When I left school in 1980, TV viewers had a choice of three channels, Brian Clough had just led Nottingham Forest to a second consecutive European Cup, inflation had hit 21.8 per cent and unemployment stood at 2 million – and rising.
Fast-forward 38 years: telly addicts have unlimited choice with on-demand entertainment; Forest fans are watching their team languish in the lower realms of the Championship; inflation is under 3 per cent; and we’ve got full employment. The world has changed and few would wind back the clock (with the possible exception of Forest fans).
In 1980, my mind was focused on heading to university, an experience being shared by fewer than one in six of my peers.
In the near-four decades since then, there has been an increase in the number of universities and a large rise in the numbers attending them. This year, around one in three 18-year-olds will start a degree. But the rapid growth in student numbers is arguably not the most significant change in higher education in that period.
I was excited about the opportunities to learn, make new friends and enhance my prospects. I didn’t consider whether the course would represent value for money. That luxury is not afforded to my children’s generation. With tuition fees at £9,250 per year and gathering interest from day one, the 18-year-olds of 2018 are rightly worried about the burden of debt.
They wrestle over whether the expense is justified by an improvement in their career progression and earnings potential. They are demanding transparency on their tuition fees. The Office for Students has announced that nearly half of students felt their degree was poor value.
I have heard several accounts from undergraduates who receive a mere four hours of contact time per week, and others who have been required to submit only one essay per term. Graduate Pok Wong is suing Anglia Ruskin University for £60,000, accusing it of falsely selling her what she has dubbed a “mickey mouse” degree.
She claims that the qualification in international business strategy has not improved her career prospects and that students were often instructed to self-study. In that context, it’s no surprise that searching questions are being asked about the relative value of a degree against an apprenticeship or getting a job.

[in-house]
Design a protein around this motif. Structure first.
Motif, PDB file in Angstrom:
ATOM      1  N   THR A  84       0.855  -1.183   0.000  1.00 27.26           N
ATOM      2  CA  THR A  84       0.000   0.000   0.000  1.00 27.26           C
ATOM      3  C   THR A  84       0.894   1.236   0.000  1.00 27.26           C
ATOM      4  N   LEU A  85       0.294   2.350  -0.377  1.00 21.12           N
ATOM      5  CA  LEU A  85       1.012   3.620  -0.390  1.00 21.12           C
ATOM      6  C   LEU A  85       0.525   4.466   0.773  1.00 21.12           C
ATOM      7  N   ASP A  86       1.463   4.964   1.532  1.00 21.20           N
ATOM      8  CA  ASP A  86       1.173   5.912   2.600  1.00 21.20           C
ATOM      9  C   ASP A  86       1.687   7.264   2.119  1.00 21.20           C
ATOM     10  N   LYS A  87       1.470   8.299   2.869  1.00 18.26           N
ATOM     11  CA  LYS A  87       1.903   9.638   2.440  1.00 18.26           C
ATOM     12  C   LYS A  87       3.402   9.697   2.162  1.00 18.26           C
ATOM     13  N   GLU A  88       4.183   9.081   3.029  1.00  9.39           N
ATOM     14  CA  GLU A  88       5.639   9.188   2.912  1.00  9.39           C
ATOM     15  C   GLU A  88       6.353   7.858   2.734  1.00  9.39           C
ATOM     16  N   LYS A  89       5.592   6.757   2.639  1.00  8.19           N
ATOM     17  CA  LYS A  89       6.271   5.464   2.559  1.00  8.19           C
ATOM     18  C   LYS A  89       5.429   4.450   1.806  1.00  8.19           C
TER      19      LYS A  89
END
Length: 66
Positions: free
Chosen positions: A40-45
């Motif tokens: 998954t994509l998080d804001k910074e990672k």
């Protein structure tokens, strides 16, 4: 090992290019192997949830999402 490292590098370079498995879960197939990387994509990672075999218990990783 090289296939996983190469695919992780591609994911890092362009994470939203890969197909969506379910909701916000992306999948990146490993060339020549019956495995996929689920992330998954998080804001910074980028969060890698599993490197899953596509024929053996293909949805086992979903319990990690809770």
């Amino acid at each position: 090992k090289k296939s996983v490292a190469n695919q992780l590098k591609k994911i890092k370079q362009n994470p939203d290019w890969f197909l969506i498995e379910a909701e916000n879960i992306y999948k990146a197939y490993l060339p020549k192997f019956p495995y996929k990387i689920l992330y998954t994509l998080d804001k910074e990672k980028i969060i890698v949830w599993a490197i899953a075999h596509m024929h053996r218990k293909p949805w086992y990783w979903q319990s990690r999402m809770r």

An apprenticeship could have been more effective for Pok by placing her into the jobs market and providing her with the skills necessary for career progression. University is not always the best option, and schools and businesses should do more to promote the alternatives.
I had high hopes for the apprenticeship levy when it was introduced in 2017. It promised a solution to the skills shortage and a way to boost pay and productivity. But a year after it launched, it doesn’t seem to be working.
Our latest jobs market data shows a 37 per cent decline in apprenticeships year-on-year, and our Youth Insight Research shows that just one in 10 young adults views apprenticeships as a chosen path to career entry.
Half of young people still perceive a university degree as their preferred route into a career, despite the concerns over value for money. There is an obvious disconnect. If the government is to reach its target of 3 million new apprenticeship starters by 2020, a rethink is needed.
There is still too much red tape and regulation surrounding the levy. Many businesses view it as a tax on jobs. Many have experienced delays in getting the scheme off the ground. We had issues ourselves, as funding was delayed by seven months. Hopefully, as the administration catches up, more businesses will come on board.
Low starting salaries for apprentices are also said to be putting off young people – but there is a clear argument to be made that a low starting salary is better than a large debt subject to high interest rates. We must communicate this better and attract talent.
Employers putting as much support behind these apprenticeship schemes as they do behind graduate programmes will also show that it is a valuable option and an alternative to university. Many university degrees do not equip young people with the real-life experience that employers are looking for.
A society that embraces apprenticeships and holds them in the same esteem as a university degree will revolutionise work for young people and employers. I hope it doesn’t take the best part of another 40 years for us all to realise that.